While it is not usually something people in Tennessee like doing, every year people must file their taxes and give what they owe to the IRS. As many people are aware, there were some major changes made to the tax code recently, which will change how many people approach their taxes. However, one thing remained the same: people will still be required to pay taxes on the income they earned throughout the year.
There are many people who try to minimize the amount of taxes they pay each year. Many of the deductions people took in order to do this will no longer be allowed, but people will still try to find a way. Some individuals will try to do this illegally by under reporting income or doing other things in violation of the tax law. If these people are caught, they could face fairly significant penalties.
A person who intentionally evades paying taxes could be charged with a felony. Upon conviction, he or she could be forced to pay a fine up to $250,000, be sent to prison for up to five years, or both. Also, companies who are required to collect taxes and fail to do so or willfully underreport or under-pay on the taxes collected could be charged with a felony and face the same penalties. People who are required to make estimated tax payments must do so as well. If they do not, they could be charged with a misdemeanor and could be sent to jail for up to a year and/or pay a fine of up to $100,000.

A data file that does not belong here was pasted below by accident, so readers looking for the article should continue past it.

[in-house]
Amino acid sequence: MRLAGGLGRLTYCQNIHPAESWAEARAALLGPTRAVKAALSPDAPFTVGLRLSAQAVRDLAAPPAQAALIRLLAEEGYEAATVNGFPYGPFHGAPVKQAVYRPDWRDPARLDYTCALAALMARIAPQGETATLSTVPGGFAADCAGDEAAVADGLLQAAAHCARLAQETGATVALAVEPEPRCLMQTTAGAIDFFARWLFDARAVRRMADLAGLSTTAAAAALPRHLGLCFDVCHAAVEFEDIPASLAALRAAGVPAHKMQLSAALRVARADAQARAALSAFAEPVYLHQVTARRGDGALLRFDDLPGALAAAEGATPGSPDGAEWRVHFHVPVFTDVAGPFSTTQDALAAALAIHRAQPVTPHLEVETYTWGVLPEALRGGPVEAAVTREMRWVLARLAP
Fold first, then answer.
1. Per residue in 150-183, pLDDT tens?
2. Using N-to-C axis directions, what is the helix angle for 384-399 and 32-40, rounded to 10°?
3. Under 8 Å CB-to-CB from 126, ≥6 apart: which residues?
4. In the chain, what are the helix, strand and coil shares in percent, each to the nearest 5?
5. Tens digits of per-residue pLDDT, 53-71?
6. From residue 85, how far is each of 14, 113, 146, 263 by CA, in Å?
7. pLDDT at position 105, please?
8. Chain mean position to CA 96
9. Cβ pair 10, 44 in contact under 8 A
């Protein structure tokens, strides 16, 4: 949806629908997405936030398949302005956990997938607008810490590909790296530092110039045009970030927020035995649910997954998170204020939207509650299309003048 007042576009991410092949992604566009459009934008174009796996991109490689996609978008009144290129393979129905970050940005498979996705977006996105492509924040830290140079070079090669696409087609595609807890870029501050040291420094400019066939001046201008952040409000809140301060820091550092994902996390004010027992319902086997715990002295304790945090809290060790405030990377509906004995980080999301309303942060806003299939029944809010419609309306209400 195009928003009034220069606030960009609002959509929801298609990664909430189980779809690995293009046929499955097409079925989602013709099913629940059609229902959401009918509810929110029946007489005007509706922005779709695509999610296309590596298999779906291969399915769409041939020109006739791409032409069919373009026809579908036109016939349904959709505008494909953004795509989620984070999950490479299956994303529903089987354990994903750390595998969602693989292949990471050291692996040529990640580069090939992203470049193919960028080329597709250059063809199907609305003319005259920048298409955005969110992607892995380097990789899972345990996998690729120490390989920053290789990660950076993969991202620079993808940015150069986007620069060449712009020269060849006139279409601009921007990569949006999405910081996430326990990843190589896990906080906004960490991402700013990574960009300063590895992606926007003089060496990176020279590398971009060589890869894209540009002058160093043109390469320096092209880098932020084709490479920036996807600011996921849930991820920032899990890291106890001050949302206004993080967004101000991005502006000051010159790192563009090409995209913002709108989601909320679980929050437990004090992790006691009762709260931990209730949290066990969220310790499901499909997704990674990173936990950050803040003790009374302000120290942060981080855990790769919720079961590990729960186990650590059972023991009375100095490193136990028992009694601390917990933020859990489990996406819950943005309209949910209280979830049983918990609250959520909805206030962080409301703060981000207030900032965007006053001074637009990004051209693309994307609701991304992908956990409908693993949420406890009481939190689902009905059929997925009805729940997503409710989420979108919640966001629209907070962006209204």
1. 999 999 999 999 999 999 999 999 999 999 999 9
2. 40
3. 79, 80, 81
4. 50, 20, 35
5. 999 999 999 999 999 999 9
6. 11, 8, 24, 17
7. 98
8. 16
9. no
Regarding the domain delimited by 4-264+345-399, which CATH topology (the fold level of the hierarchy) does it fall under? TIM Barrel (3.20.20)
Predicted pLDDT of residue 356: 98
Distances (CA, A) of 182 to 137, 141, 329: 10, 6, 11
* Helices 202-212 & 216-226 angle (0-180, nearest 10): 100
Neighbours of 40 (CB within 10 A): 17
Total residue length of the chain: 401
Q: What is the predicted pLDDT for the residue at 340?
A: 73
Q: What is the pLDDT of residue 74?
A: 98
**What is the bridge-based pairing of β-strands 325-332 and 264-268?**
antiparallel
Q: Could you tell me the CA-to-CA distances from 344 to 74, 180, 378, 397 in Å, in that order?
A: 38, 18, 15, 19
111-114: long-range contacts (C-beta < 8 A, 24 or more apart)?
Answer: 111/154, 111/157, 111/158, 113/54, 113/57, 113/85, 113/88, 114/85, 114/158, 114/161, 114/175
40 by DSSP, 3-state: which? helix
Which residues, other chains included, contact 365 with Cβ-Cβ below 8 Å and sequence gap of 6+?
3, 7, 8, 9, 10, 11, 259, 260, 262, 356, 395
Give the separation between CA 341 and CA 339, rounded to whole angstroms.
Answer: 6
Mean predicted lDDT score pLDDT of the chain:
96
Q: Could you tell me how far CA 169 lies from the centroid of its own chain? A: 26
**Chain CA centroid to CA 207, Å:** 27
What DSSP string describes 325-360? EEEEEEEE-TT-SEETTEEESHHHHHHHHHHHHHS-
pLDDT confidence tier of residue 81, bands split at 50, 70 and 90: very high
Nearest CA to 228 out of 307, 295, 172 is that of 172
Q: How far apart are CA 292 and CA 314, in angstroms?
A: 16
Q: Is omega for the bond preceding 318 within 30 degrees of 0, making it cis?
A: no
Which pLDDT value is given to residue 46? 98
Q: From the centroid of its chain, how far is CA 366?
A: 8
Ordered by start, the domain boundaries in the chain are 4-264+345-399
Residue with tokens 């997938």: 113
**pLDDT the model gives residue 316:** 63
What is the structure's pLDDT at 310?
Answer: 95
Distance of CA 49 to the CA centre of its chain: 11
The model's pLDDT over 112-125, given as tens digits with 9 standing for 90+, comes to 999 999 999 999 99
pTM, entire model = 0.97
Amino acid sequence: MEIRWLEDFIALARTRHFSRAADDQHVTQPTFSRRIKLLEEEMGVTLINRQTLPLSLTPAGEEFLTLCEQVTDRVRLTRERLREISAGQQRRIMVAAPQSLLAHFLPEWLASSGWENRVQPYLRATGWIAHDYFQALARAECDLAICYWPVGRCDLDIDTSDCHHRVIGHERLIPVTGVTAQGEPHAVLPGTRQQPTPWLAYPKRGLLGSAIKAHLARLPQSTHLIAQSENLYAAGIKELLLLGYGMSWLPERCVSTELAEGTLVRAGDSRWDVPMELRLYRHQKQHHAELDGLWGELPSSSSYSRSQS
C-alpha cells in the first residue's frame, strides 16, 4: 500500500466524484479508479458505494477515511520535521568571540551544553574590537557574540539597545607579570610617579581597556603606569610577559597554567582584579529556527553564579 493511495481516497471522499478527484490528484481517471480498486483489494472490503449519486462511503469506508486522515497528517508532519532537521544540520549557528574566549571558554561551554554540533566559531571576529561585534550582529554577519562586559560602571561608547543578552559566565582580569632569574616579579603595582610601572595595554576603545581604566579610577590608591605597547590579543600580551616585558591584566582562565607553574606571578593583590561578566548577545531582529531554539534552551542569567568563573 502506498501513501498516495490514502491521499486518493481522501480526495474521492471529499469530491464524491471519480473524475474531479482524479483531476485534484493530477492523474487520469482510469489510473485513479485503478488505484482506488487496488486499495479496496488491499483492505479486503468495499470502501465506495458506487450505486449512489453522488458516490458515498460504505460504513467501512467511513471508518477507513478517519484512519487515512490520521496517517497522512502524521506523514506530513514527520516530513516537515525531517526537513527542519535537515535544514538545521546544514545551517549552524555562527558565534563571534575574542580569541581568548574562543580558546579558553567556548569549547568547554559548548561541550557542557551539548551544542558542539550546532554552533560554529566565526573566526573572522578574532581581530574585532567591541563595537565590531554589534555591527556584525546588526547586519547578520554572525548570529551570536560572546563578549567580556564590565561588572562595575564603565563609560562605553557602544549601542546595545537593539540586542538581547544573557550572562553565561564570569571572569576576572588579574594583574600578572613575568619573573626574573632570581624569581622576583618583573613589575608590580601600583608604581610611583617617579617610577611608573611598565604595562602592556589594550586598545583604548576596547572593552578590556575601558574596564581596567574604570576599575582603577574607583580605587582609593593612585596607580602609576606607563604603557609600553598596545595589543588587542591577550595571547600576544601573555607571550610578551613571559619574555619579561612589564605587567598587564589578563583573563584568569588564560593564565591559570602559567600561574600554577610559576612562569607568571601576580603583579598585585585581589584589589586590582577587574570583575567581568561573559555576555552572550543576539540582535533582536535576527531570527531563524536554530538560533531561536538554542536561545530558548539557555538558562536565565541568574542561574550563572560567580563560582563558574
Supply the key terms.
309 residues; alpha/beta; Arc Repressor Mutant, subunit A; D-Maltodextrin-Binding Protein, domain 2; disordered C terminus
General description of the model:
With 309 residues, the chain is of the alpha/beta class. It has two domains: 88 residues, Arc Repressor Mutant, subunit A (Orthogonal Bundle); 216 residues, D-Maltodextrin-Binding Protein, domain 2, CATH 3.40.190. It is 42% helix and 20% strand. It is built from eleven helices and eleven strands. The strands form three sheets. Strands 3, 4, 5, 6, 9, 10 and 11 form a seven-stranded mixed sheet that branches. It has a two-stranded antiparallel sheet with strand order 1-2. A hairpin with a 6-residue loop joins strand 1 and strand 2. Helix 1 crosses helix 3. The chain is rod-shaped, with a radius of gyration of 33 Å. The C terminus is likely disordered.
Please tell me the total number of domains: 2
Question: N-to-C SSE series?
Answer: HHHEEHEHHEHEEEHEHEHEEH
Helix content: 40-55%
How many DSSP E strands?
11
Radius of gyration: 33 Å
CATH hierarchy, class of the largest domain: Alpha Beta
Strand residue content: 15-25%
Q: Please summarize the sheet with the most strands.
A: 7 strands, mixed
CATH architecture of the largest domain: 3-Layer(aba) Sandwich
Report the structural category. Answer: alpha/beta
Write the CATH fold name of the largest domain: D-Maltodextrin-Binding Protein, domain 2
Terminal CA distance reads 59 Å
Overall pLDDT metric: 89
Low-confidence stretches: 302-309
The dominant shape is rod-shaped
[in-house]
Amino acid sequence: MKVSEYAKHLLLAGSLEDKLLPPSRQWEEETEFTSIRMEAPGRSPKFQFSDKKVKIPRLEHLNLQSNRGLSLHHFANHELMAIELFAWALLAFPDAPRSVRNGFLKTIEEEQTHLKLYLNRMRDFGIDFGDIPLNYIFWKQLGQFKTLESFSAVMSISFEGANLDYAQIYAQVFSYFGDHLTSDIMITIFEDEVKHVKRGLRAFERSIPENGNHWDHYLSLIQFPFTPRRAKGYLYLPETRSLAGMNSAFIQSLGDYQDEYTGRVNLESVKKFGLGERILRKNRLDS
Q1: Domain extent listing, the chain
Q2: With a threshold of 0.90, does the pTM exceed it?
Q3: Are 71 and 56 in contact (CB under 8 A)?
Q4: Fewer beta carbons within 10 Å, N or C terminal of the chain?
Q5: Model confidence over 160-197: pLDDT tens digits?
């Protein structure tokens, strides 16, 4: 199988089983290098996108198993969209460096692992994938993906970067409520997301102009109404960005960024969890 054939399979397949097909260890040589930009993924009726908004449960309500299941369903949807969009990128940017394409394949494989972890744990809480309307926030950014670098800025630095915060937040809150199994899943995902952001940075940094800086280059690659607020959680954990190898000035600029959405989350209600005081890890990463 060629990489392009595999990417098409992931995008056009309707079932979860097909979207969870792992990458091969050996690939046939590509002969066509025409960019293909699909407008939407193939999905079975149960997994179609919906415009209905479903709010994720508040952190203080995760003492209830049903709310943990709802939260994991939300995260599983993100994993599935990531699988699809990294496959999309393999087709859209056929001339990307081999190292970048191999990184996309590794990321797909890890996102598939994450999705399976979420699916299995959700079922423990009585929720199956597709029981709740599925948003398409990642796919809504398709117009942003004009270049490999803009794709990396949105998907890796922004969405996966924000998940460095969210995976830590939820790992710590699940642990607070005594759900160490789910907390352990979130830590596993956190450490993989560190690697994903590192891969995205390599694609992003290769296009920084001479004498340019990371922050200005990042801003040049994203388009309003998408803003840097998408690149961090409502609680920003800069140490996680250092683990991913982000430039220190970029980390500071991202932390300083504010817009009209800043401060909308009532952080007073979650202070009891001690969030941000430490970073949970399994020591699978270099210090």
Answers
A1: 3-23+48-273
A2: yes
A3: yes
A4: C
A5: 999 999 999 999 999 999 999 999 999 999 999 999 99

The key to all of these penalties is that the actions taken must be knowing and willful. There are many people who simply make mistakes. In these instances, there usually are defenses available to these people to potentially avoid these harsh penalties.
Everyone in Tennessee who earns an income must file tax returns each year and accurately report their income. These people must also pay the taxes they owe. If they do not they could be charged with felonies and face jail time. Experienced attorneys understand the tax laws and may be a useful resource when accused of wrongdoing under the country’s tax laws.
Source: IRS, “Related Statutes and Penalties – General Fraud” accessed on Feb. 12, 2018